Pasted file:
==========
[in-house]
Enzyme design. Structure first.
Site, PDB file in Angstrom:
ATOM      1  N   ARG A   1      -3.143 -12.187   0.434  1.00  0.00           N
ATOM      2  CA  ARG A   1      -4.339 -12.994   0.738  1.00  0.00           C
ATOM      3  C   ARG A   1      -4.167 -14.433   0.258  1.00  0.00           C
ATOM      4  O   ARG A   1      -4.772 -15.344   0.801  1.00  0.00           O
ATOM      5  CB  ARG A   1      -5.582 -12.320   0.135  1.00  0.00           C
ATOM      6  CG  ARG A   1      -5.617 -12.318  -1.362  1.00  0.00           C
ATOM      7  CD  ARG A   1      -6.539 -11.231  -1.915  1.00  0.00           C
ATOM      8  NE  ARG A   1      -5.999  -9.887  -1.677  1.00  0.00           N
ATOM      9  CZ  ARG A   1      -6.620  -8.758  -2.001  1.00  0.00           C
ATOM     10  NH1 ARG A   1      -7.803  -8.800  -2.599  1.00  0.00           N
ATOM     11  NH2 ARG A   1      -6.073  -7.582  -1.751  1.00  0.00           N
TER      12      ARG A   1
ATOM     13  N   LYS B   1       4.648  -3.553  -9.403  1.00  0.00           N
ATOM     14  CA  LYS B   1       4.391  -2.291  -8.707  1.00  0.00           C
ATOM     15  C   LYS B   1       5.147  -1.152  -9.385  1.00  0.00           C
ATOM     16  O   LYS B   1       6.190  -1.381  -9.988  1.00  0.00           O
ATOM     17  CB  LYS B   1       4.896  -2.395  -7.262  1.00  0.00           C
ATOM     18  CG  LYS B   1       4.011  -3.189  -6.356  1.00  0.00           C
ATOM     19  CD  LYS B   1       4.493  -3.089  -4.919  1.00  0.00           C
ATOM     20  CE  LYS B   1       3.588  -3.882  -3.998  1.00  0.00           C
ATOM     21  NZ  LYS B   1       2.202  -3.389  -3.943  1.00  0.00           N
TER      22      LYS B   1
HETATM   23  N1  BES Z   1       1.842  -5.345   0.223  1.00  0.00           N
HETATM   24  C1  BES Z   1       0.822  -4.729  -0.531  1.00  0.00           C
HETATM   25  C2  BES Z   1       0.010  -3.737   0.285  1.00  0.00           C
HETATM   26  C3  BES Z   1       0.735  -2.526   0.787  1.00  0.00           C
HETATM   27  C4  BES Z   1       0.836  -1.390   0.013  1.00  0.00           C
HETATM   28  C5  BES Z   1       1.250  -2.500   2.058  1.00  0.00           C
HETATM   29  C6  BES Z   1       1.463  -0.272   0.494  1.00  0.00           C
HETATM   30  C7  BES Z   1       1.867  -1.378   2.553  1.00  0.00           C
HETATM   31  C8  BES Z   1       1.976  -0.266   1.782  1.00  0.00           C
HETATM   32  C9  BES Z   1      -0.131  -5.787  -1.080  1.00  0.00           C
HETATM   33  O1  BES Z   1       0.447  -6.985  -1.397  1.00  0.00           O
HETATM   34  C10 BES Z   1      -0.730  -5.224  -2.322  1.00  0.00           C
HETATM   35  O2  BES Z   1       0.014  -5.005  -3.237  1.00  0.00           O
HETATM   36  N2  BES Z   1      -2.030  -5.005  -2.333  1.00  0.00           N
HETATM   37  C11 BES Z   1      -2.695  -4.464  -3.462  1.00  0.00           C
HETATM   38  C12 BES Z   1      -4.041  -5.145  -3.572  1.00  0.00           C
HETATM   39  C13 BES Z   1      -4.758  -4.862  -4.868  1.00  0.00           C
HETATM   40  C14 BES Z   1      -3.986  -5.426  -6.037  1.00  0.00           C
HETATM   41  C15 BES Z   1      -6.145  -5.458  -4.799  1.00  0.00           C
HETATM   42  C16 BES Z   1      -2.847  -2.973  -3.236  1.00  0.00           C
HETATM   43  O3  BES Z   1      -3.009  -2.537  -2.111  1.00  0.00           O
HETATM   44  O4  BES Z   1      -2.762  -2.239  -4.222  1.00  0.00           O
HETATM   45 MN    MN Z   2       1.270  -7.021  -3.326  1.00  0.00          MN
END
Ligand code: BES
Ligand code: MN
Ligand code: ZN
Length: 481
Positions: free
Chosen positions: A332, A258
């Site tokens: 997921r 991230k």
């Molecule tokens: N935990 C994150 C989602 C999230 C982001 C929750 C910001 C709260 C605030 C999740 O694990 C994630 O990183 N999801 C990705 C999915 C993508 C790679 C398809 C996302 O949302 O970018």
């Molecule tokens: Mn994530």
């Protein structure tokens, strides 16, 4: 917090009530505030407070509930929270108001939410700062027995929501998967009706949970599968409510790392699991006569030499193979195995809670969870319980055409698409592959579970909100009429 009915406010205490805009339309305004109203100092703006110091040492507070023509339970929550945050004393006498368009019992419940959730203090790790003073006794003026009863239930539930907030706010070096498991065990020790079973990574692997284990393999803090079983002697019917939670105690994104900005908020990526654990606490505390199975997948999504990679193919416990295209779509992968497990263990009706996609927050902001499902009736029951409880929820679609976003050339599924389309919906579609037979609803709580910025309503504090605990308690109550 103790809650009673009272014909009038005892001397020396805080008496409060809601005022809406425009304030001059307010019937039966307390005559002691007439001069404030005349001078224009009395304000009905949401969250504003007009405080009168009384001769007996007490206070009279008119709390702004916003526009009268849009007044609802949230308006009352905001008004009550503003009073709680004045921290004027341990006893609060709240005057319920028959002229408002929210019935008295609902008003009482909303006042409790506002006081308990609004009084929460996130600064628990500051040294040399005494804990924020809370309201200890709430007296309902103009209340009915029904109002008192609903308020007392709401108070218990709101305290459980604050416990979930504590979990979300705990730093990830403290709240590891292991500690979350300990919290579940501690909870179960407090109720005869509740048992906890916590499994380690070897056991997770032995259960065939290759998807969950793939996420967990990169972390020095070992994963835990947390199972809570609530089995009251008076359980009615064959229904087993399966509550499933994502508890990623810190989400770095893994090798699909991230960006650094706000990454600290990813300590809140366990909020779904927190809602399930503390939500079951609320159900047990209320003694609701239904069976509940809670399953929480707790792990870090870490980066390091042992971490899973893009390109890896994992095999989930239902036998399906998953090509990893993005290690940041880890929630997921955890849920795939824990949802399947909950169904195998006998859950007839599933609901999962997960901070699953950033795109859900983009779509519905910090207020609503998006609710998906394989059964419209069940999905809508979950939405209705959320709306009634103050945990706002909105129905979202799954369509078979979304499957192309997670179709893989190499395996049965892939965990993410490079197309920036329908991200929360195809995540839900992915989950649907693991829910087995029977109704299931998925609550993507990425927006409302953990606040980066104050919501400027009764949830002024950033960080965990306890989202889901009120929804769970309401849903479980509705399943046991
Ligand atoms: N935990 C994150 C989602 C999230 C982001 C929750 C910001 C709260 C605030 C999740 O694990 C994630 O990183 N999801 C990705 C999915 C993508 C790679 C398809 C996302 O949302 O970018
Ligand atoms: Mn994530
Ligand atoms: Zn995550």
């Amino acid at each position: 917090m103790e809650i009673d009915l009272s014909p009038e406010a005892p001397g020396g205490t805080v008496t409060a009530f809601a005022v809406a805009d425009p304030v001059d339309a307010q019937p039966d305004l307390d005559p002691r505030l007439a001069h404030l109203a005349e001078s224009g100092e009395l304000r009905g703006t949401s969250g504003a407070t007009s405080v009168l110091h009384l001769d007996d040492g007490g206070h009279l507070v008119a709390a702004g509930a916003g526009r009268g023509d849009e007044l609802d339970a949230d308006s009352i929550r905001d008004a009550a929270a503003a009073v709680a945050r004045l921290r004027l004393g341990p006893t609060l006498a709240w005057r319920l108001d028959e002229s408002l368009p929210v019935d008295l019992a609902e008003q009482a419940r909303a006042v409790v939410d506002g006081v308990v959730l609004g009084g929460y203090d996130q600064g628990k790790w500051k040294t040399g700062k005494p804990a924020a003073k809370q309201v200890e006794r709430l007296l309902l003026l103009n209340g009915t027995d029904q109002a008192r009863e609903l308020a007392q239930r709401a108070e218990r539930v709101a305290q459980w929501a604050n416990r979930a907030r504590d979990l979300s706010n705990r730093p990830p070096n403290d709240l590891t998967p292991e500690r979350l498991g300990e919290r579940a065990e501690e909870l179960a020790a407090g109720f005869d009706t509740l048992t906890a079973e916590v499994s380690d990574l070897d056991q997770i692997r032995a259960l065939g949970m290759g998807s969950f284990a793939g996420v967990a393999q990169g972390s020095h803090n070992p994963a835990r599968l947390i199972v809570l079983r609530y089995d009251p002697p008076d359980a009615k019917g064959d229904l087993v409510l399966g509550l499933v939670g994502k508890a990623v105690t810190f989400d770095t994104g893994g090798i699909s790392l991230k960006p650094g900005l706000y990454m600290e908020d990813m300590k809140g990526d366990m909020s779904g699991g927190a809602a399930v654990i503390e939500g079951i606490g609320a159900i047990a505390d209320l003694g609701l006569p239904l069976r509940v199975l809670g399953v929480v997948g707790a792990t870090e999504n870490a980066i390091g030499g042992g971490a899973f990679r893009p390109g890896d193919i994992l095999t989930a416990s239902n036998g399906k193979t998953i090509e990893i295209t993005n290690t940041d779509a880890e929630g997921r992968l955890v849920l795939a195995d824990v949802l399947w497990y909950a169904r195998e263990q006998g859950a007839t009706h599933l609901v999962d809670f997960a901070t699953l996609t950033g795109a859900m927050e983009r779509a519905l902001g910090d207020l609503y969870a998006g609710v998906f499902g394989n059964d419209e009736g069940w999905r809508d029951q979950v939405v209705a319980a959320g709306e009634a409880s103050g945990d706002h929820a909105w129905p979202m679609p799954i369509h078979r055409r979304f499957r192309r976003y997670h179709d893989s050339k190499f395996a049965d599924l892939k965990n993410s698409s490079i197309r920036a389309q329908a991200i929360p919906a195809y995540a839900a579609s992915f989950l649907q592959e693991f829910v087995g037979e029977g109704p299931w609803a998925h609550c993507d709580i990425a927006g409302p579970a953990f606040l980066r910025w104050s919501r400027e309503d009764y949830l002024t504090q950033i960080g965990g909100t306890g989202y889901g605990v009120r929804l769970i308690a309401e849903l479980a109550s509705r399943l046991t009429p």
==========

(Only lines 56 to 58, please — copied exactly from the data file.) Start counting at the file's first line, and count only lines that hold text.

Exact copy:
């Site tokens: 997921r 991230k």
């Molecule tokens: N935990 C994150 C989602 C999230 C982001 C929750 C910001 C709260 C605030 C999740 O694990 C994630 O990183 N999801 C990705 C999915 C993508 C790679 C398809 C996302 O949302 O970018």
């Molecule tokens: Mn994530």